Inconvenience Storeby Brandon Edmonds, images by Filipa Domingues / 28.05.2010
I live quite happily in Woodstock for the moment. It has about equal amounts of dogshit, dreadlocks and dreamcatchers. It also has people of the Islamic persuasion, Muslims. I just felt a chill writing that. Not really. Journalists love to imply that it’s dangerous and edgy to go there but, really, Salman Rushdie’s ordeal is a flare long since sputtered into tedium. Which brings us to the supposedly outlandish size of Zapiro’s balls. He just got the Mail & Guardian into more of the kind of rinky-dink uproar they clearly court, by publishing a cartoon of Allah on the analyst’s couch in heaven, saying, “Other Prophet’s have followers with a sense of humor!” The inevitable patter of ire and death threats rained down on that paper’s well-situated offices. Lawyers were engaged. A council of Muslim whatever got involved. Well-paid men uttered into top notch cell phones and the name of God seemed to have conjured a cyclone as ominous and elemental as the bravura ellipsis in the Coen Bros nervily bleak disquisition on faith, A Serious Man. Then nothing else happened. No divine intervention. No word from above. Just more hours billed. As a thoroughgoing disbeliever may I remind you that there is no God – Allah, or otherwise. Only cartoons, yummy Marlboro Lights, old carved chess pieces, bobbly breasts, and other good things – things that exist.
Anyway, it’s certainly one of the cartoonist’s weaker conceptions, unfunny, straining to be provocative, poorly drawn, and drearily calculated. It doesn’t work because it has too many bristling subtexts that go unacknowledged by the image: other Prophets (Jesus, Buddha) each have strains of evil in their faithful, there are killers, haranguers, and maniacs, in the mix of most any religion’s flock, for one. Plus the premise itself is weak. It values something it shouldn’t: an invitation to literally contravene one of the tenets of a faith. In this case, the prohibition against creating or distributing images of the Prophet Mohammad. The cartoon was inspired by “Everybody Draw Mohammad Day” (May 20). Another pointless evanescent online ‘meta-cause’ apparently in the name of freedom of expression, tolerance and blah blah. But really a time-wasting little aggregating meme, amassing all those who think a censored episode of South Park matters more than the outrageous BP oil spill, made possible by the deeply disappointing Obama regime’s easygoing approach to drilling protocols, belching death into the Gulf coast as you read this, or that Detroit police murdered a little black girl for no apparent reason (as if there could be). The cartoon is a plea for laughter but it’s half-assed execution is just laughable. But back to Woodstock.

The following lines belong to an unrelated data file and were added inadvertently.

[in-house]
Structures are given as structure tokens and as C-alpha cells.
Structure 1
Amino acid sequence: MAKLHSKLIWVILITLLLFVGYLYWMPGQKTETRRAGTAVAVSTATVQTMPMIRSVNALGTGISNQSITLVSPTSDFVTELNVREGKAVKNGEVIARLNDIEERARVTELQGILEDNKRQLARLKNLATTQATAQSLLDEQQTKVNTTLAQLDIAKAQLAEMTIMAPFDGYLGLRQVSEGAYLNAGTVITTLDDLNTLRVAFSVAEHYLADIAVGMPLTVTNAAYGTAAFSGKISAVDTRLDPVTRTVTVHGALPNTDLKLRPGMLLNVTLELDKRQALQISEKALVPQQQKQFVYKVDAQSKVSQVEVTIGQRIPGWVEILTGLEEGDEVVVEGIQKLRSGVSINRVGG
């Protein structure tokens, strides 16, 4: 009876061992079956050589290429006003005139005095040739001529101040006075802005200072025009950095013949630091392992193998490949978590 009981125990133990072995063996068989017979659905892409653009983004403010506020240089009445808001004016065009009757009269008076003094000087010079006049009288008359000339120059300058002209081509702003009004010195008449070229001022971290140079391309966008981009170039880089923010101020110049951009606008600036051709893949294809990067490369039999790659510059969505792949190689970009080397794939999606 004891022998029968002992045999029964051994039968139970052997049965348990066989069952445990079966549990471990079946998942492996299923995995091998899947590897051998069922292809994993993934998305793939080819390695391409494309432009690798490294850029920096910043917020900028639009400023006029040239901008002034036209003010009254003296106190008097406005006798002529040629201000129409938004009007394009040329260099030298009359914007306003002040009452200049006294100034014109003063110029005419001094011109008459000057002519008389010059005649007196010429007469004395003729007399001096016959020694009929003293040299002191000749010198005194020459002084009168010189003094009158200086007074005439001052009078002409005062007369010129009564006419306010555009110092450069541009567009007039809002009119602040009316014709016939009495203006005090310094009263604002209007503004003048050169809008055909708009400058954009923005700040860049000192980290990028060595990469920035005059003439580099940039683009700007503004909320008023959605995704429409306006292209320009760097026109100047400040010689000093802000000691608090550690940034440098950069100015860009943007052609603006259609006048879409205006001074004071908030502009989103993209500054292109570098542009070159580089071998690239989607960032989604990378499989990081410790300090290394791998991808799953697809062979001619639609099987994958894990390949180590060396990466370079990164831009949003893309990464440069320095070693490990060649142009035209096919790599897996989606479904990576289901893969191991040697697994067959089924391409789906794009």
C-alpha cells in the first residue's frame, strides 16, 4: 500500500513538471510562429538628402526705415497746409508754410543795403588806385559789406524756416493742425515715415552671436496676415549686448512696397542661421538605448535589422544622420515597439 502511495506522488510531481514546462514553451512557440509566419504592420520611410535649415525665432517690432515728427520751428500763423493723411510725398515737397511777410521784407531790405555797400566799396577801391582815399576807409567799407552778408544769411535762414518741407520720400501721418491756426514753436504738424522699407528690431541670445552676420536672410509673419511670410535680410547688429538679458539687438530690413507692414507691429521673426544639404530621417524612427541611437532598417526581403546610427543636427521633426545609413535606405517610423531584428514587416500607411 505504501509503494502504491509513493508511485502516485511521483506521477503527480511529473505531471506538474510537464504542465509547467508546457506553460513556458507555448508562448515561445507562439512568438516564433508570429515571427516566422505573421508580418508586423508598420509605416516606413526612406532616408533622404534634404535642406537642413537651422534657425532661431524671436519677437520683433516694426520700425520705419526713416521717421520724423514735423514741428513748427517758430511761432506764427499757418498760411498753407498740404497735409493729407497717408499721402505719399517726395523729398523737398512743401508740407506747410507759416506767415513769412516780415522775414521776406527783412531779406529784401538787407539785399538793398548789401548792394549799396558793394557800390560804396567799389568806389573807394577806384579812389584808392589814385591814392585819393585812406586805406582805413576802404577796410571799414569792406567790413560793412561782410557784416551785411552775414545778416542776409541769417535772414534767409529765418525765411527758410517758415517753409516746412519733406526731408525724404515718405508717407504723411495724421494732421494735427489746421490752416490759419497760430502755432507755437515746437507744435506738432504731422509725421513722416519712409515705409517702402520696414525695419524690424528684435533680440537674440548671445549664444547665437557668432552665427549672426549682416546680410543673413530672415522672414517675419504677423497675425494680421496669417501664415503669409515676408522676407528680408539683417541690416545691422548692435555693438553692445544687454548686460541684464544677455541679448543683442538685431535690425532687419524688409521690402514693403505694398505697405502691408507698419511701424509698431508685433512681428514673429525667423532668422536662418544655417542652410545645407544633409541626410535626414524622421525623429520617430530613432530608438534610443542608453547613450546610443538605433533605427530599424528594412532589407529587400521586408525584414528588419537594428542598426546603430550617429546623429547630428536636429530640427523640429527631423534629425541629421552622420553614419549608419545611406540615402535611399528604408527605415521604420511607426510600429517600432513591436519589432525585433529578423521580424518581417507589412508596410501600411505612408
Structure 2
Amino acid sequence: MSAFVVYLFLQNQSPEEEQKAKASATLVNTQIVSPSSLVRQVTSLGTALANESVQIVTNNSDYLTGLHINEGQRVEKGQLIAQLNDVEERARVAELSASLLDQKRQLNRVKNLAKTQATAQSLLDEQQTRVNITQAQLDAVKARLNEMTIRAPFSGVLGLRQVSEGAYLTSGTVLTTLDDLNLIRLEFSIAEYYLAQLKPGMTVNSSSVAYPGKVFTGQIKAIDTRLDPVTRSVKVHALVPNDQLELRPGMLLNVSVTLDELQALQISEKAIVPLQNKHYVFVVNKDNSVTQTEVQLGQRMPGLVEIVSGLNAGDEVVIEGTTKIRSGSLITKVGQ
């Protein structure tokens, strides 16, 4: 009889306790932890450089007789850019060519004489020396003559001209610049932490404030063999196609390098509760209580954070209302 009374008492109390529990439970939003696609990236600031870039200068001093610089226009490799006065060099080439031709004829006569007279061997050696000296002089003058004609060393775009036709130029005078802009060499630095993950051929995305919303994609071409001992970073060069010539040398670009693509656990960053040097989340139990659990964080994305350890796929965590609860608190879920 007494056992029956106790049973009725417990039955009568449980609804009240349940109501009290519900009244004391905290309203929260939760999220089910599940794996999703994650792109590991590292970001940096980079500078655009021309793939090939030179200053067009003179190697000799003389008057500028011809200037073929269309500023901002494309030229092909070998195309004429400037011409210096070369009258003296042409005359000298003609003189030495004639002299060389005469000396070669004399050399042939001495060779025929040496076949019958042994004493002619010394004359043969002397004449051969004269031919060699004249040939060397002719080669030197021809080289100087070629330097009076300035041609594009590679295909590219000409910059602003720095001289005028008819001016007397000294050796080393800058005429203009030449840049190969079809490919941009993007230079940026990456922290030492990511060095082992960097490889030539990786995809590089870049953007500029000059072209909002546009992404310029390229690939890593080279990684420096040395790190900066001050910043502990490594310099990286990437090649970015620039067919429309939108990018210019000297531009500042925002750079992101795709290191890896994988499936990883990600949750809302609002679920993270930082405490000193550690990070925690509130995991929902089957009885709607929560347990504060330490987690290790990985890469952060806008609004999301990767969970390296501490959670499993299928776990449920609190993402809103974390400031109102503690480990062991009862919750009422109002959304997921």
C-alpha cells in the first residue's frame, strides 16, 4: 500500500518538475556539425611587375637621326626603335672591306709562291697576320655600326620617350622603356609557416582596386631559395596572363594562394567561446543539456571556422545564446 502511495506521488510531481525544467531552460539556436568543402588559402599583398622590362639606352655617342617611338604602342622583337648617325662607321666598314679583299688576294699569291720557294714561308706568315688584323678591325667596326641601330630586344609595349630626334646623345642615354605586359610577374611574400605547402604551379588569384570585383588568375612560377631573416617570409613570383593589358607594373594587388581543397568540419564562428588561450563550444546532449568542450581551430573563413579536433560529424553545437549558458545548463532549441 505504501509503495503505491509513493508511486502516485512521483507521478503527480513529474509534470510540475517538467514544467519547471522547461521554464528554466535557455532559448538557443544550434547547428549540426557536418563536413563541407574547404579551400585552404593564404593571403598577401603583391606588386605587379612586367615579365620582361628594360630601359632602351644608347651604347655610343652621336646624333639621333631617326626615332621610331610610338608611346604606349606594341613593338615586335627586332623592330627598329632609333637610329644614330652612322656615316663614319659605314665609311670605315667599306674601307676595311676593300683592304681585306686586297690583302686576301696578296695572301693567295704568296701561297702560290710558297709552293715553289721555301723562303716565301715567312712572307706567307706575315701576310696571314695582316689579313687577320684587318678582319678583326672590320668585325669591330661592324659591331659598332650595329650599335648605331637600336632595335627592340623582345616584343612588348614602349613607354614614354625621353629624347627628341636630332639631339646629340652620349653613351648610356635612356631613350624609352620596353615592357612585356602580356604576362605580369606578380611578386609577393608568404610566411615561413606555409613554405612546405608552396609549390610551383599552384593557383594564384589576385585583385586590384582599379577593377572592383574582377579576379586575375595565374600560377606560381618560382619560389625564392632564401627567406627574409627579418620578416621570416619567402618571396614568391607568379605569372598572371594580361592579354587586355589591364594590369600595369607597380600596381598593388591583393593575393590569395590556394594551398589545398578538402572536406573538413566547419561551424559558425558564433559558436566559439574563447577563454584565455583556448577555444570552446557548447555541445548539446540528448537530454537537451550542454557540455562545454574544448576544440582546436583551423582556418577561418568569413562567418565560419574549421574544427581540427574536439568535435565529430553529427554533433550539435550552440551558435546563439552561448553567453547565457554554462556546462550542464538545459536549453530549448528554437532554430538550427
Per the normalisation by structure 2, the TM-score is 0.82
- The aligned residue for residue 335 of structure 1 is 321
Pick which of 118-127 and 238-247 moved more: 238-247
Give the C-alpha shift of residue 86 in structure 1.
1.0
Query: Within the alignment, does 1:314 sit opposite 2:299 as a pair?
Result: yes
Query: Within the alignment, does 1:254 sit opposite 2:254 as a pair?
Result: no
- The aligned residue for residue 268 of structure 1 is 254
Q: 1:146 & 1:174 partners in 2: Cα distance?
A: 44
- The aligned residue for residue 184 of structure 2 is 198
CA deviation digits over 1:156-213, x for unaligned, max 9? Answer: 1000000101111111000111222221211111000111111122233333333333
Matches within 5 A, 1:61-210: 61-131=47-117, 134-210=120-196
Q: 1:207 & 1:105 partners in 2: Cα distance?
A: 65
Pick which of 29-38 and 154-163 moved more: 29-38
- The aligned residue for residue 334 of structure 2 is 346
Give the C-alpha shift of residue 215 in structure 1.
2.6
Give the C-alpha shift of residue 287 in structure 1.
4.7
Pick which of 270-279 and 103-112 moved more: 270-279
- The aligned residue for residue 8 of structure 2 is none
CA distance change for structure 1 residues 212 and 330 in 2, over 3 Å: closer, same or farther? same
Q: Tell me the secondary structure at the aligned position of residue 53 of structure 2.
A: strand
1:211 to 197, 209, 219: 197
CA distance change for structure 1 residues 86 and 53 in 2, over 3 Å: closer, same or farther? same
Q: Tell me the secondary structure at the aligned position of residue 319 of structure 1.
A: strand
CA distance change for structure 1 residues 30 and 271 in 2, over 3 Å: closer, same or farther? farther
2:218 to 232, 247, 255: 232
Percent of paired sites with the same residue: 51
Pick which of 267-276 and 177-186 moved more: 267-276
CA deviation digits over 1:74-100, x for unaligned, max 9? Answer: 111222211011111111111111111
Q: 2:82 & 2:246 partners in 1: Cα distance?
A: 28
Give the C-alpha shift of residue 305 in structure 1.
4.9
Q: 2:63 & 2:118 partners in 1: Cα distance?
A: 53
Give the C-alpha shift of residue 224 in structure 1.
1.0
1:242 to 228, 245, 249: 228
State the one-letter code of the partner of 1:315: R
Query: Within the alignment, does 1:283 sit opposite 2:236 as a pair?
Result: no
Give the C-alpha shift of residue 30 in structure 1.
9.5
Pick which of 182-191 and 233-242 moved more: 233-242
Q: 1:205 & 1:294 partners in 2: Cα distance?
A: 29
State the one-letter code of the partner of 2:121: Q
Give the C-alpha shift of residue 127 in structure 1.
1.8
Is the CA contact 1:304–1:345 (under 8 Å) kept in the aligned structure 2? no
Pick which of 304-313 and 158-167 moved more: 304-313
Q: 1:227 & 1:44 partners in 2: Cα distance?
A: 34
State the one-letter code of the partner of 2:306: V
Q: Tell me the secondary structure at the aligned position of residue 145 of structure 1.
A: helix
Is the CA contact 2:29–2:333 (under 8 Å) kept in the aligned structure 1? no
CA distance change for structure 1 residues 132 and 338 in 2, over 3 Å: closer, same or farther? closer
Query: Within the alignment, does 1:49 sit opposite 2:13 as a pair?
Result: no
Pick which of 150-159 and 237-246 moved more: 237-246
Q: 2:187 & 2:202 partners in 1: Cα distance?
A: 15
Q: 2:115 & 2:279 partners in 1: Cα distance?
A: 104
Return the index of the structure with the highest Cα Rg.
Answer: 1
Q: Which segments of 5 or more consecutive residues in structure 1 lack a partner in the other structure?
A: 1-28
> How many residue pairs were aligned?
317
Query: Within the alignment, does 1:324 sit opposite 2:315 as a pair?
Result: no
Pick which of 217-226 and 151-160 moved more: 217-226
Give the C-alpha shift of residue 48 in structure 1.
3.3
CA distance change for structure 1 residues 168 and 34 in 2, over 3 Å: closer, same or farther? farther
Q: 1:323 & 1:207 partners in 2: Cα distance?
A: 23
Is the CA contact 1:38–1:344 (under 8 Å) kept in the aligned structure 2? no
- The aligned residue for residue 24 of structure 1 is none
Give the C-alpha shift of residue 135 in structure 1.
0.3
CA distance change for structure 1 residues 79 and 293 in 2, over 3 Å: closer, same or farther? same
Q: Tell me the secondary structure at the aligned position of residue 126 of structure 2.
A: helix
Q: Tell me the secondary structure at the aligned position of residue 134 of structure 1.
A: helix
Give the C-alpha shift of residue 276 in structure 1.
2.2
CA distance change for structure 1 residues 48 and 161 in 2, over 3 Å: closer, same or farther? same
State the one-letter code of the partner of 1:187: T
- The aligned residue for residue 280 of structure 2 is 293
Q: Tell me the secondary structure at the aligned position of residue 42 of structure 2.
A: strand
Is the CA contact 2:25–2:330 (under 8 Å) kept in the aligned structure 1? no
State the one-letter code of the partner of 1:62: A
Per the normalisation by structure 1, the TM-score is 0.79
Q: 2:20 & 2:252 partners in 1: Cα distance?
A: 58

Shops tend to shut down around here an hour for prayer between 1 and 2pm daily. It’s occasionally inconvenient. You get there and the door is closed. A hand-written sign declares “Closed for Prayer” or more brusquely: “Sorry back at 2”. In the grim instant it takes to internalize the smack of rejection, being on the outside looking in, money redundant in my hand, commerce foregone for faith, I’m replicating on a small scale larger currents at work in the ‘clash of civilizations’ – the intense 21st Century arm-wrestle between Islam and the West. I want to trade. But the door is closed. I want to know what prayer entails in the family space hidden behind and above the shop. Yet I resent the imposition of “another world” (the world of adherence and belief) onto my own, a life very much depleted of credible spiritual options. I want to cross the threshold into “Muslim ritual” and get to know the Other. I’m envious of devotion more than I’m wary of blind faith. The closed door symbolizes a series of closures.
There’s the closed door on refugees and “economic migrants” heading with little more than hope and hype daily for countries alien to their faith and habits. There’s the closed door on rational constructive dialogue in the Middle east (thanks chiefly to Israeli bellicosity and the Papa Bear backing of the United States). There’s the closed door of fundamentalist leaders in ‘arab countries’, indifferent to the populace, perpetuating ancient prejudices holding back progress. There’s the closed door of racism and ‘structural violence’ which ensures jobs and opportunity, education and remuneration, sail suspiciously close to ethnicity. There’s the closed door of belief and what I have. The other thing: a dreadful, pitiless nothing which turns being into a kind of game of distractions before the grave.
Then the door opens, and I’m let in.
All images © and courtesy Filipa Domingues.